October 29, 2009
Tips for succeeding as a young Entrepreneur
If you’ve got a business idea you can’t stop talking about, why wait to flex your entrepreneurial muscles? Here are five tips to get an idea out of your head and into the marketplace.
1. Take a calculated risk.
While Michael Neustel was an undergrad at North Dakota State University he began a lawn-sprinkler business. It folded because he could not devote enough time away from school. Now a patent attorney and founder and president of PatentWizard LLC, a software company in Fargo, N.D., Mr. Neustel says the experience taught him the importance of researching the market and workload. “Young people can fail without losing time or hurting their life, then try again,” he says.
A young person’s flexibility is an opportunity for success, says Mr. Neustel. Most are single, have few financial responsibilities and often can live on a relatively little money, he says. “It’s tough to focus on a business while paying the bills and working a full-time job,” he says. The entrepreneurial leap for a college student may be as simple as taking a semester off from school or enrolling part time. This stage of life is also a time for a young business-minded individual to evaluate whether the risky lifestyle of an entrepreneur is a healthy fit. “Look inside yourself toward where you are in life and ask, ‘Am I willing to take a risk?’ ” says Mr. Neustel.
2.Overcome early hurdles.
During his freshman year at Princeton University in 2001, Tom Szaky, 24 years old, began working on a project to create organic plant food made entirely from organic food waste and packaged in recycled soda bottles. The company, called TerraCycle, now located in Trenton, N.J., began to grow, and by the middle of his sophomore year, Mr. Szaky went on sabbatical. Due to his age, investor interest was slow.
“In the beginning, investors totally blew us off,” he says. Knowing his age was the primary deterrent, Mr. Szaky remained patient and persistent. Eventually, a radio interview led to an investment of a couple thousand dollars by a caller, and from there TerraCycle grew one investor at a time. Today, some of TerraCycle’s 15 products are found at Wal-Mart and Home Depot, and he expects revenues this year to be around $1.5 million. “Believing in the idea is critical, especially for a young person, because you have to get passed those first hurtles.”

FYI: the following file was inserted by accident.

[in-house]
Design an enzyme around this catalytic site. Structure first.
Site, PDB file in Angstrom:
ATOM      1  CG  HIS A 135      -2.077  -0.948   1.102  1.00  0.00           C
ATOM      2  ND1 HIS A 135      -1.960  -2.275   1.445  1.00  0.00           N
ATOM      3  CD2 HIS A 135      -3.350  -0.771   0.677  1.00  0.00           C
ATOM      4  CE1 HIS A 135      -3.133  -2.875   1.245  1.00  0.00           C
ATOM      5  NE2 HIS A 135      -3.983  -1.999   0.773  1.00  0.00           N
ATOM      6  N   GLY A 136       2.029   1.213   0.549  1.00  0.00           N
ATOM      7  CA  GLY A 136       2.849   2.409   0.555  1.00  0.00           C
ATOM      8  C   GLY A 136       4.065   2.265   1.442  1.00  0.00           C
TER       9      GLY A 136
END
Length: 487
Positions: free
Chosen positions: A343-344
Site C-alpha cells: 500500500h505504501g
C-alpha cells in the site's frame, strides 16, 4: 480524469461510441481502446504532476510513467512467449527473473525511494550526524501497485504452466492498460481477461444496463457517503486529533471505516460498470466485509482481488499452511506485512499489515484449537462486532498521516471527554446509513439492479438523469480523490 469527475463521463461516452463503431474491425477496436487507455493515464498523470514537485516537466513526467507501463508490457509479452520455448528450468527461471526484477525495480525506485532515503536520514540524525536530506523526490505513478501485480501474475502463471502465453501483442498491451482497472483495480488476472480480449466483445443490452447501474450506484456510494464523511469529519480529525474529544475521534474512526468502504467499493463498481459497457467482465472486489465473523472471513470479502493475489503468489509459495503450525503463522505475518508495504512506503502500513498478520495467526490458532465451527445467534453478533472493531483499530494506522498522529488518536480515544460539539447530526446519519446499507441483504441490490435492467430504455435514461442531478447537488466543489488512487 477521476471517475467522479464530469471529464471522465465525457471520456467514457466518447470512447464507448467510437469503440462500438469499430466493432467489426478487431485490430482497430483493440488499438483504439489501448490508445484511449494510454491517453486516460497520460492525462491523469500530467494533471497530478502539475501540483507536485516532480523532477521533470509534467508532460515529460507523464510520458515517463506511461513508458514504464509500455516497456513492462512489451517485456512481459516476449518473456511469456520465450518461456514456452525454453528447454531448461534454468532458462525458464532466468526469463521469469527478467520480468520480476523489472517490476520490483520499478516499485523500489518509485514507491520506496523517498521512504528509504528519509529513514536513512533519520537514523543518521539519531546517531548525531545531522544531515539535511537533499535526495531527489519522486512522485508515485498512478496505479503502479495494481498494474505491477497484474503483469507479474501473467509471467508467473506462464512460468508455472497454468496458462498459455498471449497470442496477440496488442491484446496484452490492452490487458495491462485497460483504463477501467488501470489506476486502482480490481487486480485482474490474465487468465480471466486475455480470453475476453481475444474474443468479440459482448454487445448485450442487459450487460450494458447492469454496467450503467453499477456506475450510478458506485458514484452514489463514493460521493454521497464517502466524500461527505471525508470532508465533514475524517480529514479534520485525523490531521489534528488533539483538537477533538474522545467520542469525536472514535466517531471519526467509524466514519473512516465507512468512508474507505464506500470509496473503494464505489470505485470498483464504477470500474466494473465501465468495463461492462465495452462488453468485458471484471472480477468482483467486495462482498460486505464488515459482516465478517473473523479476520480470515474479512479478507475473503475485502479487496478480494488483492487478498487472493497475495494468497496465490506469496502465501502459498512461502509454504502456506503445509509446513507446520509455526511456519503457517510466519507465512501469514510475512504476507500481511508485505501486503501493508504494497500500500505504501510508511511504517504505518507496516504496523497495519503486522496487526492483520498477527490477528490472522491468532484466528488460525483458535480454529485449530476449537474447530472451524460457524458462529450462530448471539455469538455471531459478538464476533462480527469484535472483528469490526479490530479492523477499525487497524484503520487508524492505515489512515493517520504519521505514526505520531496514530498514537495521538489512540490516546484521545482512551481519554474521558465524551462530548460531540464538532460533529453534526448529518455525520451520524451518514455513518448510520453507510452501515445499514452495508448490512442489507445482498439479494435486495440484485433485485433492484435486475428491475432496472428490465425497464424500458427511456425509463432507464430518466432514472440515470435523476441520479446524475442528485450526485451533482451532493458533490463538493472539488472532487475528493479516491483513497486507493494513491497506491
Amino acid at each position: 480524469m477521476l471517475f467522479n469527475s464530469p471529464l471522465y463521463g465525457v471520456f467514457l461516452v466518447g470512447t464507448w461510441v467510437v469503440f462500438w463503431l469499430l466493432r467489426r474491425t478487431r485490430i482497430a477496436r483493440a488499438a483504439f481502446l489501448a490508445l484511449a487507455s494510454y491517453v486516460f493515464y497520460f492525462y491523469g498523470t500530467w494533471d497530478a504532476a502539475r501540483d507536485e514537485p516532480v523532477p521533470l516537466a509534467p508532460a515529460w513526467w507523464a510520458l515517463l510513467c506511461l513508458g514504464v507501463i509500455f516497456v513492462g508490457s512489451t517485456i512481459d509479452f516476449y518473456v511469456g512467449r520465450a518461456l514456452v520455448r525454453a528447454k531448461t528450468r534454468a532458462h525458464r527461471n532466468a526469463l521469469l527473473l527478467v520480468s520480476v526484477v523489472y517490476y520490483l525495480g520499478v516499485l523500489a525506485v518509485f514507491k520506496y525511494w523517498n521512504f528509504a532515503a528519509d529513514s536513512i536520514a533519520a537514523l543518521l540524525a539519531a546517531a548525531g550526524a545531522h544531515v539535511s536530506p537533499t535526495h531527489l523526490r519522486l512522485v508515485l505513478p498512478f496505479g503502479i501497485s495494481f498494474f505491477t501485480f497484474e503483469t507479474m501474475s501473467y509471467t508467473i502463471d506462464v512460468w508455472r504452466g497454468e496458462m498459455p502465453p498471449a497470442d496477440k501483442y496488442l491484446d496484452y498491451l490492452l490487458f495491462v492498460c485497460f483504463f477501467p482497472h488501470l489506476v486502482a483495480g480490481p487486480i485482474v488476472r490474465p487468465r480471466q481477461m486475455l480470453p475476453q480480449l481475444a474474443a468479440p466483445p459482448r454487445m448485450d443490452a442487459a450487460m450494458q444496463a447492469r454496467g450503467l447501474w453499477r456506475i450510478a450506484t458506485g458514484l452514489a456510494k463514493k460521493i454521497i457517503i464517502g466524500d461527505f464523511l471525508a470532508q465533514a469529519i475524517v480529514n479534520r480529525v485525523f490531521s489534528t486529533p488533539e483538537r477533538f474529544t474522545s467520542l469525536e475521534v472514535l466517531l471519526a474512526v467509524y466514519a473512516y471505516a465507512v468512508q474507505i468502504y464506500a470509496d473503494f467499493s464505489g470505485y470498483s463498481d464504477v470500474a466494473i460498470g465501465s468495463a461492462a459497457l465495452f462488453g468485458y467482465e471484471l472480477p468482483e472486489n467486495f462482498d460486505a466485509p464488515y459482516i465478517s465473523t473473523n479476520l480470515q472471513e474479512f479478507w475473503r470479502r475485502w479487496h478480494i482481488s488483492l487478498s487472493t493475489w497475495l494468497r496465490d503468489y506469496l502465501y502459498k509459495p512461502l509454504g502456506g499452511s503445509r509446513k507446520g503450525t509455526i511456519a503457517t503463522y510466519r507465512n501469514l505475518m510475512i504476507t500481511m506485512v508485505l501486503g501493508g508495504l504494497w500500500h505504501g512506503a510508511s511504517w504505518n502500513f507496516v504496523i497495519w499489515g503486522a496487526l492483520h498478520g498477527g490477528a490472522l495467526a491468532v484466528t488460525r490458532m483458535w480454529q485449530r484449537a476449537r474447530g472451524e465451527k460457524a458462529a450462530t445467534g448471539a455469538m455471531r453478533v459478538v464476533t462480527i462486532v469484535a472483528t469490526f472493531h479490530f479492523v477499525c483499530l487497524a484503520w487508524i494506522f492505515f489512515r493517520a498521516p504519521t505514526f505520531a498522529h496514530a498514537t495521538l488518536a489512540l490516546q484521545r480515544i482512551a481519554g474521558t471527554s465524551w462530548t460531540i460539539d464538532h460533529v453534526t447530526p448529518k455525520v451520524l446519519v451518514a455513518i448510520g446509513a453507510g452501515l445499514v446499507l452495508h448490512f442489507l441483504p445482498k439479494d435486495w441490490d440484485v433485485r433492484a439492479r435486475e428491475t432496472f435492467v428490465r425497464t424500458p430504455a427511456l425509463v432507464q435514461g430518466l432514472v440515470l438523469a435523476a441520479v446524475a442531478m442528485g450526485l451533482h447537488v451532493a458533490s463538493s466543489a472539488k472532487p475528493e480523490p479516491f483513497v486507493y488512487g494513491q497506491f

3. Make the most of your school’s resources.
Matt Stucke, a 2004 graduate of the University of Mary in Bismarck, N.D, received first-place honors at UM’s 2003 annual Emerging Leaders Academy Entrepreneurship Fair for his invention of an athletic shoe cleat guard. With help from his school’s entrepreneurial organization, the Harold Schafer Leadership Center, Mr. Stucke created a board of directors consisting of faculty and local business owners. “The directors were investors with the mindset of supporting me,” he says.
Mr. Stucke, who now runs an Edward Jones Investments office as an investment representative in Fargo, N.D., called the product SafeSole. With the board’s help, he acquired a U.S. patent and entered national trade shows that led to relationships with manufacturers.
Be proactive in finding entrepreneurial resources at your school, says Mr. Stucke. This will be the beginning of your network and will give you experience to decide if you want to become an entrepreneur. Many universities have entrepreneur centers that connect students with industry professionals to explore hands-on business ideas. Also, take advantage of your university’s career services and alumni association.
4. Experienced professionals can help.
“Mentors are vital,” says Mr. Stucke, who can call his mentor for advice any time of day. Mr. Stucke was connected with his mentor, an entrepreneur and business owner, while an undergrad through his school’s entrepreneurial organization. Approach an experienced professional for one-on-one advice through your alumni association, while networking at a trade show, entrepreneur fair or any professional setting that seems appropriate.
“The smart kids are the ones who get business cards and hound professionals to talk during lunch,” says Wes Moss, an entrepreneur advocate and former contestant on Donald Trump’s “The Apprentice” television show. However, you must do your research. “People are flattered when asked for advice,” he says. But be well-informed about the person you are speaking to and know specifically what you want to talk about.
5. Adopt a learner’s mindset.
“People have great ideas in their head all the time, but it’s the people who get it in a business plan who succeed,” says Mr. Moss. Learning small business while digging your hands in it may slow your progress, but don’t rush, says Mr. Neustel. If you are stuck, write down the reasons you aren’t carrying out your idea, then solve them one by one, says Mr. Szaky. “People get stuck in thinking about the process, but you have to start somewhere,” he says.